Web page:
Patience is a virtue that can improve our relationships with other people. But it’s also an important way of thinking about our relationship with God, says Paul Dafydd Jones, an Associate Professor in the Department of Religious Studies at the University of Virginia. Jones is exploring the concept of patience—and its antonym, impatience—as a Christian theological resource for enhancing life. Patience, in this context, can allow people to become transformed by grace, while impatience can motivate them to engage in movements that protest injustice.
Read a blog post by Paul Dafydd Jones about patience, Christian theology, and enhancing life here.
How will patience contribute to the enhancement of life?
First of all, we can think about divine patience: God giving us the time and space to find out who we are and what we should do. Patience in this sense is, quite simply, God’s willingness to wait, God’s willingness to act in a non-coercive way, as God draws us into right relationship with Godself. But we can also think about the human exercise of patience, which involves moving ourselves towards the future and into the new spaces that God provides. Human patience is not inactivity or passivity. It’s a matter of receiving divine activity and being transformed by the divine. That’s important because there are lots of ways in which people can feel that they’re fixed in place by a certain identity. You’re male or female, black or white, gay or straight, a “leader” or a “follower”; and you’re marked as such because you’re sort of ambushed by conventions that you had no hand in establishing. Being patient with God, however, means being susceptible to the possibility that our identities aren’t fixed. It isn’t about just trucking on doggedly; it’s about having the confidence to become vulnerable and to embrace God’s activity as one is transformed.
What about impatience? What role does that have in enhancing life?
If there’s divine patience and human patience, there’s also impatience on both sides. I link divine impatience to the cross: this is the moment when God articulates God’s impatience with sin. Impatience is a less familiar and less loaded word than “punishment,” but it still captures the fury with which God rejects sin. And, crucially, it connects with the idea of Christ’s passion. Patience and passion run together, because Christ voluntarily decides to bear the whole weight of God’s impatience with sin. Human impatience is also important, even though it’s pretty different from divine impatience. It’s about learning to be impatient with injustice; it’s about resisting sin in various forms.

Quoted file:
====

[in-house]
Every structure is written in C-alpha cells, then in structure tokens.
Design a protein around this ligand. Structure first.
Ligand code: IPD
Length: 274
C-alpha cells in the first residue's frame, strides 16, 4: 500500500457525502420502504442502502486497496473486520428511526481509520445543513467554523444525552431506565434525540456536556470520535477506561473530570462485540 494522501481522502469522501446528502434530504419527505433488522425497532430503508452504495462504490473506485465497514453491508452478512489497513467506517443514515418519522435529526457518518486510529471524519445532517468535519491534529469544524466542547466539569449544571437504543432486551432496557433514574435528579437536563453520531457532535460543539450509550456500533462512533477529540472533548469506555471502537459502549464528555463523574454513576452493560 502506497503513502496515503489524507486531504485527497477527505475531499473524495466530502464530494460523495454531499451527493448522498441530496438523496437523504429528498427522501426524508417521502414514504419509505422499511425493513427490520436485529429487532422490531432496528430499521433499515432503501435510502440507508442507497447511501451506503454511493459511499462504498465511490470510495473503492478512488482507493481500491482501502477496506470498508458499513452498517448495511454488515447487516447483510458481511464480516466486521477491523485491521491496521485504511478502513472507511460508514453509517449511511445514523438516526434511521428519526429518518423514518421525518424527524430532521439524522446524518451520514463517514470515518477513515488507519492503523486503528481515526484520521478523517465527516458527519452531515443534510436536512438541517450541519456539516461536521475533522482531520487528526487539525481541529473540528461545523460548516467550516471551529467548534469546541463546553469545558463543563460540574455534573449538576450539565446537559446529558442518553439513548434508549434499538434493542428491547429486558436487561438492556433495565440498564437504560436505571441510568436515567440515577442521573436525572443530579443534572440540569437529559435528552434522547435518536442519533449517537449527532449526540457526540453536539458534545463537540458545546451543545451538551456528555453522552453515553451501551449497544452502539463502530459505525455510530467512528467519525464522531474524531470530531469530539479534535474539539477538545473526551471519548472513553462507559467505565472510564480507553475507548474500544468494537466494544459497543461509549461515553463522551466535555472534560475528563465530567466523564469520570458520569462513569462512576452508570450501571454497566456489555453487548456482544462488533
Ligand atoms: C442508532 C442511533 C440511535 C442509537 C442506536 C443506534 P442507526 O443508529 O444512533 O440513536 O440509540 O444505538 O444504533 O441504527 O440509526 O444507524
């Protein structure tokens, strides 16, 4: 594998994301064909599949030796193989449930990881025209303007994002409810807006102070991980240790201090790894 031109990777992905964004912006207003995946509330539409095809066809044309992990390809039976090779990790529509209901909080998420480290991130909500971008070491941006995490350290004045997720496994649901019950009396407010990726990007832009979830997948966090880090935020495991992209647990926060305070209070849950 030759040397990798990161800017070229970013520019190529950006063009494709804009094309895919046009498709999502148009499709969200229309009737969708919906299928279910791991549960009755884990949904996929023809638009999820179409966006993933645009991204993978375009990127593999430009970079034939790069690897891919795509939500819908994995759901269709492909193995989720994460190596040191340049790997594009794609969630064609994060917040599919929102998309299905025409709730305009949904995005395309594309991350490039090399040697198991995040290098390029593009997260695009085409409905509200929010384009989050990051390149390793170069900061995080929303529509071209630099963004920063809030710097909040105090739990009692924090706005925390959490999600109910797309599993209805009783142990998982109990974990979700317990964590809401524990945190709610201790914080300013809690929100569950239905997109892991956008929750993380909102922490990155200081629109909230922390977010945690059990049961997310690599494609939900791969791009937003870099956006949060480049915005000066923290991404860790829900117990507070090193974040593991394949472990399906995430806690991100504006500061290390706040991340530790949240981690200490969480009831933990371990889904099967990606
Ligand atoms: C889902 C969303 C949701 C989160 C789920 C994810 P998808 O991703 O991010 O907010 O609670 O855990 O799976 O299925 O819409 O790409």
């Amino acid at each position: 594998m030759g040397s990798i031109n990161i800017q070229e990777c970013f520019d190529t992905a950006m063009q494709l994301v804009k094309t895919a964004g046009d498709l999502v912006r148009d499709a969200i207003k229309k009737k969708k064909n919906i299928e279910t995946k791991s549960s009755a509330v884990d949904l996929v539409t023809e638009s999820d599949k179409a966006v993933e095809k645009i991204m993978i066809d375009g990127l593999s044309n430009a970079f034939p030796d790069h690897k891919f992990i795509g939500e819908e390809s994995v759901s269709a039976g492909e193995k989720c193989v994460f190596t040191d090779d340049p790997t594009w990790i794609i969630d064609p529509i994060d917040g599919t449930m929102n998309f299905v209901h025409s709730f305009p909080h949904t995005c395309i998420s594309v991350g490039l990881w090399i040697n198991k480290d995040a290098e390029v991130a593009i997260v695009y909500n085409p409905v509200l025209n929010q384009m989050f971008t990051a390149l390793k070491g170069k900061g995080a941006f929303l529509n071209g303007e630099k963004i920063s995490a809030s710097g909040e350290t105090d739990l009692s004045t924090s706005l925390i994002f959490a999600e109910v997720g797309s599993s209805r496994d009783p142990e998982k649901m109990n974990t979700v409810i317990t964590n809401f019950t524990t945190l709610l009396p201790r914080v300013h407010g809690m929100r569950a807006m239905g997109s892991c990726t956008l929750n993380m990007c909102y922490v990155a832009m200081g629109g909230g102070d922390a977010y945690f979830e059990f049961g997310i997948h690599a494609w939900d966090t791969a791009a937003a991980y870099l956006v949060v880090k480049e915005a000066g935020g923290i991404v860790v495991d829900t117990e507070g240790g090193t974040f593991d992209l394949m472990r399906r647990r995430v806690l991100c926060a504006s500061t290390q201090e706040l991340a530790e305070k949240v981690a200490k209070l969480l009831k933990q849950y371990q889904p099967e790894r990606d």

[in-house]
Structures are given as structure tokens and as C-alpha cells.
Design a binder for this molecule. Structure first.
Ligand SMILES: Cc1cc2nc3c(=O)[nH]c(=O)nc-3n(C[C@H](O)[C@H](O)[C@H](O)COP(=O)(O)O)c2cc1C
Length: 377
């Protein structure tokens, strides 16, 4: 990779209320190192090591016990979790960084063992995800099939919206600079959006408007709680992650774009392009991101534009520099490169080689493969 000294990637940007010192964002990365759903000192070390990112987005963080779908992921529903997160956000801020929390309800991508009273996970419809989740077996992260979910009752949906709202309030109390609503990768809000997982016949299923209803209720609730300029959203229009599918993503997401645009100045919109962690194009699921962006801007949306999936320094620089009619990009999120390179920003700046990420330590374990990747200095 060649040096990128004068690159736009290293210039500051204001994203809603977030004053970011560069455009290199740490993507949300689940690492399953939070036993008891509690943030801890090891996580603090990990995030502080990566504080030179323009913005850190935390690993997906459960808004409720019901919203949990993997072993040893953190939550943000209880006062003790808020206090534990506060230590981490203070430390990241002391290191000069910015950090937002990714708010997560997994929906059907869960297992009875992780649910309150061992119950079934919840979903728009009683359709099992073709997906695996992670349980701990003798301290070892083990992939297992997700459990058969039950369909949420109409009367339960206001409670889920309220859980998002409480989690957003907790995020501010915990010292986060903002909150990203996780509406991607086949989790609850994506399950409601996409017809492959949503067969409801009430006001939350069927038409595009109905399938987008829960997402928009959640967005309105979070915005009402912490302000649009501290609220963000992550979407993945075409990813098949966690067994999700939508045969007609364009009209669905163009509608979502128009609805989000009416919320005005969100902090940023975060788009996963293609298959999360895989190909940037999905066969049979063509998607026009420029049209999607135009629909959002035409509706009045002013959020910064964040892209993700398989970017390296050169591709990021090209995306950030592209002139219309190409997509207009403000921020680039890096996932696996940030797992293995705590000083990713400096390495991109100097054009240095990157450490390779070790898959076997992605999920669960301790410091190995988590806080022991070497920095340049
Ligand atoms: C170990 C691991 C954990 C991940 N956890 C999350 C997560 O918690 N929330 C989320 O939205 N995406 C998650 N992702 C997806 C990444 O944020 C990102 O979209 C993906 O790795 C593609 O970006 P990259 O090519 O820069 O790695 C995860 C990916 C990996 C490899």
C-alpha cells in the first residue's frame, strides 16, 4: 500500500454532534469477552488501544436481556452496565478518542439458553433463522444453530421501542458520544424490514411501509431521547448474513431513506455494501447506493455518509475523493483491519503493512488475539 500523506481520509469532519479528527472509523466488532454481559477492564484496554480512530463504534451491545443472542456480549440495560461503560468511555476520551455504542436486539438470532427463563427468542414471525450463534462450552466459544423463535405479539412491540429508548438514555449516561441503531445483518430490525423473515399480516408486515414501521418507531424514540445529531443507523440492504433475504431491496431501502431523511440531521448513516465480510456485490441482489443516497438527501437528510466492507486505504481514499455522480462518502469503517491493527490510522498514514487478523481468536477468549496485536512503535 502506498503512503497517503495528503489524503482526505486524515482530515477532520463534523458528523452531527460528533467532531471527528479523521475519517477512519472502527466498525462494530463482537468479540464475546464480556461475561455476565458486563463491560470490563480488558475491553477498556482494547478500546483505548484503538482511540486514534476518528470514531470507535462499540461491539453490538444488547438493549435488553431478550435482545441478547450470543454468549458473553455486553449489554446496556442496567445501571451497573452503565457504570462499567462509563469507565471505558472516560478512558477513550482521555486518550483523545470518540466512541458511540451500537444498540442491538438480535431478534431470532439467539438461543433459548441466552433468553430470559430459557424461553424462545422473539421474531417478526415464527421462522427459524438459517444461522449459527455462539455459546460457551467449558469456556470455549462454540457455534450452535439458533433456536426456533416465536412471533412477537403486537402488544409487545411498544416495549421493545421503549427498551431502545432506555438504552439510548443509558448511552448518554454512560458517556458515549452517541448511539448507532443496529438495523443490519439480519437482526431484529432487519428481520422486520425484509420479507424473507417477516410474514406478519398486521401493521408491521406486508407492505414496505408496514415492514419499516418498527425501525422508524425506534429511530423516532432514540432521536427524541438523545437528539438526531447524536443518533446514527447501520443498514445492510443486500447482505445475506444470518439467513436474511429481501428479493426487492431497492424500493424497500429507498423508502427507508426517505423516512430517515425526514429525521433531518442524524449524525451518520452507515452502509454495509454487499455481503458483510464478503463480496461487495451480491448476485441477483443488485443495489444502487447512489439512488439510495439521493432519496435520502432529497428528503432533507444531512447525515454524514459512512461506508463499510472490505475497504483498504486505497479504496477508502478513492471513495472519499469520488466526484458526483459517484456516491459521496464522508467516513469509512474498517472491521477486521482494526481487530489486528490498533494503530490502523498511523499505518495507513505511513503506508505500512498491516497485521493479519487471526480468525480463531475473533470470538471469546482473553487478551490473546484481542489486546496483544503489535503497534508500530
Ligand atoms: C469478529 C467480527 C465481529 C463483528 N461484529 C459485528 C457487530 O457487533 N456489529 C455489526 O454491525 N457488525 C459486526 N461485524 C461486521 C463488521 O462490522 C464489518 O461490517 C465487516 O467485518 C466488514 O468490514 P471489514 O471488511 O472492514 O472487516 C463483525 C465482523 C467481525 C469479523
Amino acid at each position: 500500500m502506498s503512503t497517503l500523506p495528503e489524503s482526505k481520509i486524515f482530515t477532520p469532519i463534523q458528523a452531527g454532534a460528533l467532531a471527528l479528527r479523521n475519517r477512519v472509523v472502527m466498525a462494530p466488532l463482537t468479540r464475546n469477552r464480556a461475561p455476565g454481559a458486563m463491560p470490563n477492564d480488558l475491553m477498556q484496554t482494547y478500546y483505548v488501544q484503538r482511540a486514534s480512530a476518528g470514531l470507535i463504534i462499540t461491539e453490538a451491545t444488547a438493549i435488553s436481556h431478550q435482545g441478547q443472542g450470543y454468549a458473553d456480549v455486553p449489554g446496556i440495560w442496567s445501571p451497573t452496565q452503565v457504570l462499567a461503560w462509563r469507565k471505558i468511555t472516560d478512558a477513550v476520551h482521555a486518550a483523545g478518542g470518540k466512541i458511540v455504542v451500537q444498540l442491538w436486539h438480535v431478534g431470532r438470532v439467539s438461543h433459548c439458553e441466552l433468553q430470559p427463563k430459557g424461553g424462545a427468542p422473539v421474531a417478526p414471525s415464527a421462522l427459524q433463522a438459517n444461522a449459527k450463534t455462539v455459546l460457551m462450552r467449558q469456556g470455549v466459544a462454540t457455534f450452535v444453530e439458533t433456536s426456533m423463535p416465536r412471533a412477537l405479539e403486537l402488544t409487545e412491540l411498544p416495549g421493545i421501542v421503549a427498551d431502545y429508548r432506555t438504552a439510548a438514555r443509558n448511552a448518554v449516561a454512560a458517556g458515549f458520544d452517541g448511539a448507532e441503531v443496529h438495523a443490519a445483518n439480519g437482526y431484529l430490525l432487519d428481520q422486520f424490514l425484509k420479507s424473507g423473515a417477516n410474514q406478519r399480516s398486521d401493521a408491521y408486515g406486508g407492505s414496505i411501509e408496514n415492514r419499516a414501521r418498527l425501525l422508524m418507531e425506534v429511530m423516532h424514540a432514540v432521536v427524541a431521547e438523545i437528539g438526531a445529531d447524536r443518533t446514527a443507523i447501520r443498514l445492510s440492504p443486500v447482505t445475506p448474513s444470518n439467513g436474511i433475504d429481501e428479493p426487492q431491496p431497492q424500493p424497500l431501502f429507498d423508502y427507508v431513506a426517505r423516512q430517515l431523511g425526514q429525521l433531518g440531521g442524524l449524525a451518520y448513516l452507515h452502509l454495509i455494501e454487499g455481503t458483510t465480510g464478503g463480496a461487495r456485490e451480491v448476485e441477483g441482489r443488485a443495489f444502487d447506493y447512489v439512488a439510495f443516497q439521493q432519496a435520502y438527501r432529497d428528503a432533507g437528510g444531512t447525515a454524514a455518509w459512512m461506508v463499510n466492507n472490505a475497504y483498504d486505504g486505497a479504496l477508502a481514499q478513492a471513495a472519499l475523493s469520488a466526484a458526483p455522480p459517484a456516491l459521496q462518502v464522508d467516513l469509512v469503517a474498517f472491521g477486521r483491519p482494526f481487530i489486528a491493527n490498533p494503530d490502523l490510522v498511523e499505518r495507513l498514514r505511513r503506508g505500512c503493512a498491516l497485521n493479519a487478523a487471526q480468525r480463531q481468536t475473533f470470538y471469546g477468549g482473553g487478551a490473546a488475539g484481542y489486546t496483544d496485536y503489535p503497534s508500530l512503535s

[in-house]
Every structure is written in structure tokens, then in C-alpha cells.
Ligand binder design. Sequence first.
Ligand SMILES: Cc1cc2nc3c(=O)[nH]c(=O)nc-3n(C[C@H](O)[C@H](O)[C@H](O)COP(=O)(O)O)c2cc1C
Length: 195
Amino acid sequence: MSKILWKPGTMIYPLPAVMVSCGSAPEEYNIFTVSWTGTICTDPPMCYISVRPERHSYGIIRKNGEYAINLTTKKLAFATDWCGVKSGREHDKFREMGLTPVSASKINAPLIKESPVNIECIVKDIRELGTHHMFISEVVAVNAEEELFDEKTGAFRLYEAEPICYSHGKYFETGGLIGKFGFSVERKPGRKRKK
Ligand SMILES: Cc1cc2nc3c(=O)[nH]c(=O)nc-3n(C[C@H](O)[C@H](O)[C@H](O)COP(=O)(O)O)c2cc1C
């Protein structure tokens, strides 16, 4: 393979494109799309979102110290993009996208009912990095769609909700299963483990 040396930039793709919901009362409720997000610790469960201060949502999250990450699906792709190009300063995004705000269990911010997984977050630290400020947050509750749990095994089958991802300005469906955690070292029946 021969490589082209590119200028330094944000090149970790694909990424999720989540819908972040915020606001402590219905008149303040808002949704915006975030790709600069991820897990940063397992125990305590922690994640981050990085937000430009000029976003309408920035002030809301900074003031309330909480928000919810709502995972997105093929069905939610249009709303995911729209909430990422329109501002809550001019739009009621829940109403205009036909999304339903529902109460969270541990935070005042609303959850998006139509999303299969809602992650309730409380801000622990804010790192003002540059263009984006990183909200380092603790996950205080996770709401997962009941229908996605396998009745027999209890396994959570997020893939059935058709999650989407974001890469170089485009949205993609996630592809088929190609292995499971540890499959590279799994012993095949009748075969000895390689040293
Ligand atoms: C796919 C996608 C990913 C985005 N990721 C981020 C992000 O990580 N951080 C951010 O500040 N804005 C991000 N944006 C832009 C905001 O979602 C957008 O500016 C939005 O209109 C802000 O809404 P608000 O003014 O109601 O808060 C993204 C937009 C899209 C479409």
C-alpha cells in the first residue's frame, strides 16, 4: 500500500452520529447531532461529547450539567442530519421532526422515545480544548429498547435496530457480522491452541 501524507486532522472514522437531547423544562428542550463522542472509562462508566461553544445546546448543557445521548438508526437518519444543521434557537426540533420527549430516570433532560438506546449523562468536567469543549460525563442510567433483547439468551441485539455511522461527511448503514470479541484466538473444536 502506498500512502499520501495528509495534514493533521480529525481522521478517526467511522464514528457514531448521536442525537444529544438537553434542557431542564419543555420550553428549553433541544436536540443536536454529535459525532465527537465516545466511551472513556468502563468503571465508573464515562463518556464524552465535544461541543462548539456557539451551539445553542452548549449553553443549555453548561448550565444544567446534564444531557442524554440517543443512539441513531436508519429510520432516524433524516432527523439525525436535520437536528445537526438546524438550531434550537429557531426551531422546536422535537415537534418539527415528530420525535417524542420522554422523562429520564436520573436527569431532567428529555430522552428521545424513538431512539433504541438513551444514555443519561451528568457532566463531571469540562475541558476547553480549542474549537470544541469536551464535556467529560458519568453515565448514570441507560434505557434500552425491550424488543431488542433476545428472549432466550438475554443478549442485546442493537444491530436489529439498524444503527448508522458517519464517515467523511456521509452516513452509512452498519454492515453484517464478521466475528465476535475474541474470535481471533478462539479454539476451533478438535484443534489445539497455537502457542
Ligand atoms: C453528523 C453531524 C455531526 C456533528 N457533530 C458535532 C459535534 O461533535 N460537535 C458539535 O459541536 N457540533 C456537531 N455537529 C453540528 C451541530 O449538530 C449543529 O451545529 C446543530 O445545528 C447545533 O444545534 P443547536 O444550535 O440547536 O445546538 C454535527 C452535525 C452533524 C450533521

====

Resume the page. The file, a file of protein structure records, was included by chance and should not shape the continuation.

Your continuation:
Does that mean that sometimes people need to be impatient with God?
Absolutely. As soon as one says, “this is not the way that things should be!”, one is registering some kind of protest before God. At the same time, expressing impatience with God is itself conditional upon having a patient relationship with God. Impatience with God isn’t an outburst of un-metabolized anger; it’s a measured statement of frustration, offered up to God—a way of saying “I don’t understand, I think this is wrong,” which is followed up by attempts to change things. But you can only do that if you have established a basis for genuine exchange between the human “I” and the divine “Thou.”
What are some of the challenges you’ve encountered during your research?
Especially when it’s constructive, the practice of Christian theology involves stretching words in pretty weird ways. I find myself saying to my five-year-old, “be patient.” All the time. And that’s patience in terms of, “look, it’s going to take a while to build the X-Wing fighter or to set up your Hot Wheels track.” Theological uses of the word “patience” aren’t a gazillion miles away from those everyday uses of patience. But in theology, we play games with language so that the everyday meaning of words is not the final meaning of words. And that’s hard. It’s a balancing act. If the way I use patience is unintelligible, no one will listen to me. But if I shoot too low, I’m just saying things everyone knows.
How can this patience—or impatience—manifest in the world today?
If you learn to manifest impatience well, you can say, “I will bear that, but this I am going to change.” The civil rights movement is a good example. The wager was that African Americans could put up with low-level instances of individual discrimination, but wanted to reject far-reaching, historically entrenched structures of discrimination. That’s not to say that individual instances of discrimination were or are justifiable—obviously not. But since those weren’t going to be removed straightaway, it was important to set about dismantling large-scale barriers to social justice.
The movement for marriage equality and LGBTQI rights is another example of how to think about patience and impatience. One of the key claims here is that social arrangements and family arrangements don’t need to be fixed in place. Being able to think about how individuals and communities are transformed and set in motion toward a future they can’t anticipate is crucial, and it is evident in some of the most important contemporary movements for social change. And I think that theologians need to be able to make sense of what that means.
You don’t spend all of your time doing research and teaching! What’s your favorite place to travel, or the next place you’d like to go?
If I could leave my kids with you or somebody else, my wife and I have been talking about going to Greenland, or maybe the northern parts of Scandinavia. I bet you could do a lot of walking, and it would be quite peaceful.